Most everyone who’s picked up a camera has wanted, at one time or another, to photograph the moon. Unfortunately, they’re quite frequently disappointed with their efforts. Making amazing photos of the moon isn’t really all that difficult once you’ve figured out a few basic tips.
Follow these guidelines for how to photograph the moon for stunning pictures every night.
1. Get the correct exposure — use manual mode
The number one reason people get bad photos of the moon their first few times out is that they get the exposure wrong and the moon ends up being a great bright, white, featureless ball in the sky. This is because they are relying on their camera to achieve the correct exposure. Big mistake.
Even if the moon looks big and bright, your camera’s metering system is easily fooled by all of the dark sky surrounding it. If you’re using an automatic or semi-automatic mode (like aperture priority, shutter priority or the fully automatic setting), the camera’s internal light meter is going to measure the average light in the scene. With so much dark sky, it will see the scene as dark and will increase the exposure to what it thinks is correct. This will almost guarantee the moon is overexposed.
When photographing the moon, you’re actually photographing bright sunlight. Of course, we’re talking reflected sunlight — but it’s sunlight just the same. As counterintuitive as it may seem at first, you’re going to find the correct exposure settings for the moon look an awful lot like the settings you would use for a shot taken during the day.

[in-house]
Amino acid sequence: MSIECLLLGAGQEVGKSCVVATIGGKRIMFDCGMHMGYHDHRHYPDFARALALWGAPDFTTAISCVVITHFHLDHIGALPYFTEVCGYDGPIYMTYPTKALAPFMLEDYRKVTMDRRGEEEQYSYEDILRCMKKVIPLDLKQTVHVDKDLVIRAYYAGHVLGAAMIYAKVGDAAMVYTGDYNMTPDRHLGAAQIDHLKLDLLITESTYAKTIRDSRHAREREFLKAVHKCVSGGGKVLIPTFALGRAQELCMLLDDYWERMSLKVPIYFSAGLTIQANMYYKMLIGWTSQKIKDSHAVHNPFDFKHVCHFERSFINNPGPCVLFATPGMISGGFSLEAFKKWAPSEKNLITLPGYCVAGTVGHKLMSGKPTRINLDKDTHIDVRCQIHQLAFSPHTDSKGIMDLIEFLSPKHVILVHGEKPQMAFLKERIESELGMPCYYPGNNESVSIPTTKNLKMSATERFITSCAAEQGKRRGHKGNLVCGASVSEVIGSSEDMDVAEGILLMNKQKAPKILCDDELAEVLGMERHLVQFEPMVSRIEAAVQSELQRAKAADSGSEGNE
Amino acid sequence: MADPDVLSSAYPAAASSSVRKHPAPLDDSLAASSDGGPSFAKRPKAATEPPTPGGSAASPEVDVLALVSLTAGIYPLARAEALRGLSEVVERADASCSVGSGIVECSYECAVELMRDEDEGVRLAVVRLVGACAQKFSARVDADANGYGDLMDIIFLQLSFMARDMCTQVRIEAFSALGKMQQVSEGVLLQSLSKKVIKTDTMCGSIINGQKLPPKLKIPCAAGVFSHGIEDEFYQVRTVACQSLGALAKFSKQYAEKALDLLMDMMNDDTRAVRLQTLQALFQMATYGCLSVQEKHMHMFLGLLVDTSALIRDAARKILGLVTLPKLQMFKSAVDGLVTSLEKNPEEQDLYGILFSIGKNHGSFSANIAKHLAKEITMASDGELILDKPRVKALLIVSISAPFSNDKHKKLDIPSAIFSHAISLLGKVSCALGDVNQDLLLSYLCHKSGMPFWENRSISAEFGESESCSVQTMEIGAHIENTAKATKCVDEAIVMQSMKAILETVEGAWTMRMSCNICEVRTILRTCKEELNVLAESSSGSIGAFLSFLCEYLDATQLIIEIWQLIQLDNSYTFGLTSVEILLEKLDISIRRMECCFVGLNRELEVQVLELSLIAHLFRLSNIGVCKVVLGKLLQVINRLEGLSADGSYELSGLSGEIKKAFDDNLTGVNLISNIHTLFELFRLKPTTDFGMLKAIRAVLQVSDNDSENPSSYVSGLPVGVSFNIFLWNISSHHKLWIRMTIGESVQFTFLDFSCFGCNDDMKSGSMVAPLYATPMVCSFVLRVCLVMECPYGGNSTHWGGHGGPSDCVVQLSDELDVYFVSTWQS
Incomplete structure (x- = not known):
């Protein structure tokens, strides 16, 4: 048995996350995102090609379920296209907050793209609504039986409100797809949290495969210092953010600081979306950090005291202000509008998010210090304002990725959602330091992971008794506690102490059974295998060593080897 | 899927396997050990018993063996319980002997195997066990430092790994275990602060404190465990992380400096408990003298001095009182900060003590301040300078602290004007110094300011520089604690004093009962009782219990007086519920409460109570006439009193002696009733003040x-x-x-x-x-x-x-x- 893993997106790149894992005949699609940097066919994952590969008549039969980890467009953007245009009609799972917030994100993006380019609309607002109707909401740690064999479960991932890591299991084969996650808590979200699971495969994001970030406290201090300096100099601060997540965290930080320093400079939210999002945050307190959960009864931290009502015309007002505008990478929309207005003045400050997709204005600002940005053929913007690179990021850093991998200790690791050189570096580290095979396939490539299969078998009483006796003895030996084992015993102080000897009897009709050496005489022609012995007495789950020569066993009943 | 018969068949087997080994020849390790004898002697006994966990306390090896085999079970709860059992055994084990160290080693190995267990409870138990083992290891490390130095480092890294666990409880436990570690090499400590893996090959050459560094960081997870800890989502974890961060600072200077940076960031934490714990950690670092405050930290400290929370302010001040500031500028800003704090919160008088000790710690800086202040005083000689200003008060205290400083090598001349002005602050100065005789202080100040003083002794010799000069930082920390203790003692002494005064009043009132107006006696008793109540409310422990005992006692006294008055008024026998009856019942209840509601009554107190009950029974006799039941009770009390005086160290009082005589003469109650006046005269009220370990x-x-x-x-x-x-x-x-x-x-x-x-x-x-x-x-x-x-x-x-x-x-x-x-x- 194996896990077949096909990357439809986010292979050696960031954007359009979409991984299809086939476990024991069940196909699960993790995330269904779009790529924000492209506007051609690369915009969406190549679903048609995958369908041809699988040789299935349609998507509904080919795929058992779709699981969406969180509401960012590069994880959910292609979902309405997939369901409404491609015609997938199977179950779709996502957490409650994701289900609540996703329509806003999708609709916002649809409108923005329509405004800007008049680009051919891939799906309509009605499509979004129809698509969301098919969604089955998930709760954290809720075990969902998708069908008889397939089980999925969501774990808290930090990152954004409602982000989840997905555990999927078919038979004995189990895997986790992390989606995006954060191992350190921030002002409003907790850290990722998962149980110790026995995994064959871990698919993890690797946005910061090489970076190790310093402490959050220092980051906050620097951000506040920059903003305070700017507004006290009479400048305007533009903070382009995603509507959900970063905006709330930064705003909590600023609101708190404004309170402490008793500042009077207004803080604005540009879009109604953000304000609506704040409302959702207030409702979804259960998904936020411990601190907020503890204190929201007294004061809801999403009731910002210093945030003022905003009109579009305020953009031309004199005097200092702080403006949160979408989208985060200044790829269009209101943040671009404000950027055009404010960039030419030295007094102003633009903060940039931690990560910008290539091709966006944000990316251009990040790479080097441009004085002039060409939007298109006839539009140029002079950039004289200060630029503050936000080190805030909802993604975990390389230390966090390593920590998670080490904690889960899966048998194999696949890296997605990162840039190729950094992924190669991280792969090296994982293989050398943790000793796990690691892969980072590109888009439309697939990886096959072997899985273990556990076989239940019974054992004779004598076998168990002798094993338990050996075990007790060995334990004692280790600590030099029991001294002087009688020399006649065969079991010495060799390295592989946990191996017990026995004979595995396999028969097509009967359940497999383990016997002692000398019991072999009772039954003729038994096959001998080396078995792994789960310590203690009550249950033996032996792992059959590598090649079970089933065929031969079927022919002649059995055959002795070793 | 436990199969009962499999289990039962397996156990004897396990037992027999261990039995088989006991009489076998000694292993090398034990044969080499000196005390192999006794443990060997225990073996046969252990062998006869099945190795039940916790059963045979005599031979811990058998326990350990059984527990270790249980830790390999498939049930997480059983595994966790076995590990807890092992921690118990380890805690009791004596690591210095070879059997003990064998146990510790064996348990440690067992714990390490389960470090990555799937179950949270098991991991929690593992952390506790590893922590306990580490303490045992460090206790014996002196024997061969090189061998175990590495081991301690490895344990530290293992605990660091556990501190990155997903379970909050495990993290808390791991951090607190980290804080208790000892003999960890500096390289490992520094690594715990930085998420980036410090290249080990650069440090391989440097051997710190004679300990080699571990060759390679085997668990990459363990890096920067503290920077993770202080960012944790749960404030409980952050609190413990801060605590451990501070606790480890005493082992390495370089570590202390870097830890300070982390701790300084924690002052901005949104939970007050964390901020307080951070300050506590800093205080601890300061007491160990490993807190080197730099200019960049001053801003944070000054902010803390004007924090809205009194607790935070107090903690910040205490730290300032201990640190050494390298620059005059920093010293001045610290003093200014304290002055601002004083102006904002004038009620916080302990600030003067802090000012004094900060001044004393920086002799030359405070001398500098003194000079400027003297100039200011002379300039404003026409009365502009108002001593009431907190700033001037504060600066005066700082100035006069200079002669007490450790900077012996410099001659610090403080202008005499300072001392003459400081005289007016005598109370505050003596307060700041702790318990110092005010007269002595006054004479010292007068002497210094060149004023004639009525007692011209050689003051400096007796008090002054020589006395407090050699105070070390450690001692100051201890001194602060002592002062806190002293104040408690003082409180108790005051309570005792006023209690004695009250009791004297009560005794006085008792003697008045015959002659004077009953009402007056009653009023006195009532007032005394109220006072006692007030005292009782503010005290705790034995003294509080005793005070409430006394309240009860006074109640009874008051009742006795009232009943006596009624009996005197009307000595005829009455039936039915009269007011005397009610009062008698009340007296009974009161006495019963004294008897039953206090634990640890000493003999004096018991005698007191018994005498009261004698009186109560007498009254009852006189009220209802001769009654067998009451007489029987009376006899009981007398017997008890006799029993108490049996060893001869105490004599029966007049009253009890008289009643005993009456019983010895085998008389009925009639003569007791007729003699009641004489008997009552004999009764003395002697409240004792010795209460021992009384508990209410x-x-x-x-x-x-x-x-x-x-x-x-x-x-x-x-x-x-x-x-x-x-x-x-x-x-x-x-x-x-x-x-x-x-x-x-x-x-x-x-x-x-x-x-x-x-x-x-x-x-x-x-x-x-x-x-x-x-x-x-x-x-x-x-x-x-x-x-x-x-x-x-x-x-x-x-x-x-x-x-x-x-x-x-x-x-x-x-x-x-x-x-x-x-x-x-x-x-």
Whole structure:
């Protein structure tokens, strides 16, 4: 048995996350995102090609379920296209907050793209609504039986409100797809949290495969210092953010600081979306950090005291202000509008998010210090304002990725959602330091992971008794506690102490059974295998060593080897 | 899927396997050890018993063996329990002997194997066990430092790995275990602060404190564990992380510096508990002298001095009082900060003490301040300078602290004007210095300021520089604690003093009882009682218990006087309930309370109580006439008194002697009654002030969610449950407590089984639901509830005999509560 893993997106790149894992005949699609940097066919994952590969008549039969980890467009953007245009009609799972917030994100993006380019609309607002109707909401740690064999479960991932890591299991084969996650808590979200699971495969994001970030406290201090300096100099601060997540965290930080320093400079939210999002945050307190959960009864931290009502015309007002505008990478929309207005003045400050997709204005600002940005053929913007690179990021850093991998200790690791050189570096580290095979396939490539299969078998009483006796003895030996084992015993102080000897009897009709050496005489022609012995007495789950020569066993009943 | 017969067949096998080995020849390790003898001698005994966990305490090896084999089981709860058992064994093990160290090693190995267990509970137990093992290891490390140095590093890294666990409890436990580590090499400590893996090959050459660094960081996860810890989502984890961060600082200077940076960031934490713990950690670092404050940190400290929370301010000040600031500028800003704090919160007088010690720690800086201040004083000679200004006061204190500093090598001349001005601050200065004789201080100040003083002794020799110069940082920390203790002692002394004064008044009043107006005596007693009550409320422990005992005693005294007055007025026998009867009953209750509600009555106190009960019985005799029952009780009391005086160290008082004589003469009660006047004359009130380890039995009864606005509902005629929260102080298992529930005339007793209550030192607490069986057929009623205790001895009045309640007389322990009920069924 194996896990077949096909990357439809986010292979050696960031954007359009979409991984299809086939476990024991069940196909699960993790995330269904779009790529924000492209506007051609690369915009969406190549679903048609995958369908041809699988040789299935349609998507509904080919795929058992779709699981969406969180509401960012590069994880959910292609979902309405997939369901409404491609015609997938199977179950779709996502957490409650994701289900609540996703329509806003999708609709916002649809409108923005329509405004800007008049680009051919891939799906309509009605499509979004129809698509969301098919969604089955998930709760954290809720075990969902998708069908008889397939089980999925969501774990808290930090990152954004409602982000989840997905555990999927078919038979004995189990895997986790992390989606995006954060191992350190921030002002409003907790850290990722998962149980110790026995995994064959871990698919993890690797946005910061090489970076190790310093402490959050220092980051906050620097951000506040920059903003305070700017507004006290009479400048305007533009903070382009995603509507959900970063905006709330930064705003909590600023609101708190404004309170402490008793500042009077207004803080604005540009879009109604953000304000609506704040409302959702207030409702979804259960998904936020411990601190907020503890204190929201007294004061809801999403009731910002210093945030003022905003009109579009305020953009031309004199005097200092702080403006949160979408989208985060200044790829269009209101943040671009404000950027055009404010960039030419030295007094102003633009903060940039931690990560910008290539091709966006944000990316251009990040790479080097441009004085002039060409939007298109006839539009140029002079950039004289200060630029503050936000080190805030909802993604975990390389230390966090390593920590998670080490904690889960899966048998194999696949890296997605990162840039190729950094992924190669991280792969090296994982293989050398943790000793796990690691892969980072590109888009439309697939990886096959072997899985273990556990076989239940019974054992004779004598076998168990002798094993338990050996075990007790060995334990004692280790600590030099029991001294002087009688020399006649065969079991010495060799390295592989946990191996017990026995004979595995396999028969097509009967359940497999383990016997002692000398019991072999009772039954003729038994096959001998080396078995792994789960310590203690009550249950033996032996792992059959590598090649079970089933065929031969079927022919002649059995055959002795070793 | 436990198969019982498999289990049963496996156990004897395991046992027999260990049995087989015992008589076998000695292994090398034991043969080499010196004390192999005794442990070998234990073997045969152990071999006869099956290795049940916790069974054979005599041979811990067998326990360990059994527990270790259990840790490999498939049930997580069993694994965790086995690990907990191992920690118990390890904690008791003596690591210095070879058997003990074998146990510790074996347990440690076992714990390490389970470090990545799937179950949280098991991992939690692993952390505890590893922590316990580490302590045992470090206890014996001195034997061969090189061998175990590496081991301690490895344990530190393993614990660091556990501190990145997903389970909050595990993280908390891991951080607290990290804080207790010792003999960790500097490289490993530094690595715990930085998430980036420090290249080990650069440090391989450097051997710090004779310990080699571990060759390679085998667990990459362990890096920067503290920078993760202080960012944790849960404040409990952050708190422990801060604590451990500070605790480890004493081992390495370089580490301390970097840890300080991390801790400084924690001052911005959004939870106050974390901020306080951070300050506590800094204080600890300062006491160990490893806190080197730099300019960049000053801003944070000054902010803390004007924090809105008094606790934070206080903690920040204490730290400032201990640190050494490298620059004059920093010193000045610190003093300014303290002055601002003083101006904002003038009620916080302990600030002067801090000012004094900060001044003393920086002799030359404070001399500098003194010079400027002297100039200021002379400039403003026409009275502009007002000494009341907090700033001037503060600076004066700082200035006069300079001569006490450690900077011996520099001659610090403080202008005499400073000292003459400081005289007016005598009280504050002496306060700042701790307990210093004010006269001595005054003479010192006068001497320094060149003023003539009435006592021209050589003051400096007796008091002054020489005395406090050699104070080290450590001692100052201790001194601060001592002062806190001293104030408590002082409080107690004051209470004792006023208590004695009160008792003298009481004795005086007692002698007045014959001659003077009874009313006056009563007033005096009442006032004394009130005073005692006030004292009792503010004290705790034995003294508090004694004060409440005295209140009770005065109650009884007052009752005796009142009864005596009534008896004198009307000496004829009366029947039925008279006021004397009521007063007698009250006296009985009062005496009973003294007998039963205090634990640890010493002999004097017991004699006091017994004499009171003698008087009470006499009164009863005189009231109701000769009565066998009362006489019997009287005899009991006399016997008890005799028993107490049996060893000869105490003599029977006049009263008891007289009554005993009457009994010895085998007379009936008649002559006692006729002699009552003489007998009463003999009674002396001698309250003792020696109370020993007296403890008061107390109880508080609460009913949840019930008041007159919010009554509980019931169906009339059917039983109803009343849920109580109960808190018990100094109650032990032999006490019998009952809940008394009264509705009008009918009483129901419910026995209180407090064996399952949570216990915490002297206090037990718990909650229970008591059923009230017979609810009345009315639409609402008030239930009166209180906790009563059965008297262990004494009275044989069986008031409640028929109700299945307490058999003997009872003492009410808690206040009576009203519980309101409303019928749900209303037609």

When photographing the moon, I set my camera to manual mode and select the spot metering mode. I then choose my aperture, usually around f/8 if I’m photographing just the moon. Since autofocus may not work all that well, I’ll activate live view, zooming in as far as I can, then manually focus on the moon.
2. Use a long lens
If you wish to photograph the moon retaining as much detail as possible with a minimum of cropping to fill the frame, you need lenses with a long focal length. Start in the 400mm range and go up from there. If you have a camera with extremely high resolution, something like Nikon’s 36 megapixel D810 or Canon’s recently released 50 megapixel 5DS, you’ll have more room for cropping your photos while still retaining a high level of detail. For the rest of us, a long lens is the way to go. You don’t need to buy these expensive lenses either. Most of the super telephoto lenses made by the big manufacturers are available to rent from companies like Lens Pro To Go.
3. Include landscape elements
The moon is impressive when photographed with frame-filling detail, no question about it. The images of the moon that continue to impress me the most, however, are those that include the moon as part of the greater landscape.
For lunar events like a so-called supermoon, including the larger scene provides a greater sense of scale in the overall landscape and helps to convey the largeness of the moon as it makes its closest approach to the Earth. I rarely photograph the moon any other way. To me, one great big shot of the moon, no matter how great the detail, is just like any other. Including the landscape allows you to create truly unique photographs.
The best part about making these more environmental portraits of the moon? They can be done with shorter, more budget-friendly focal lengths. The photo above of one of a supermoon rising off of the New Hampshire seacoast was made with my Canon 70-200mm f/4 lens set to 200mm — not some hugely expensive super telephoto lens that cost as much as a good used car.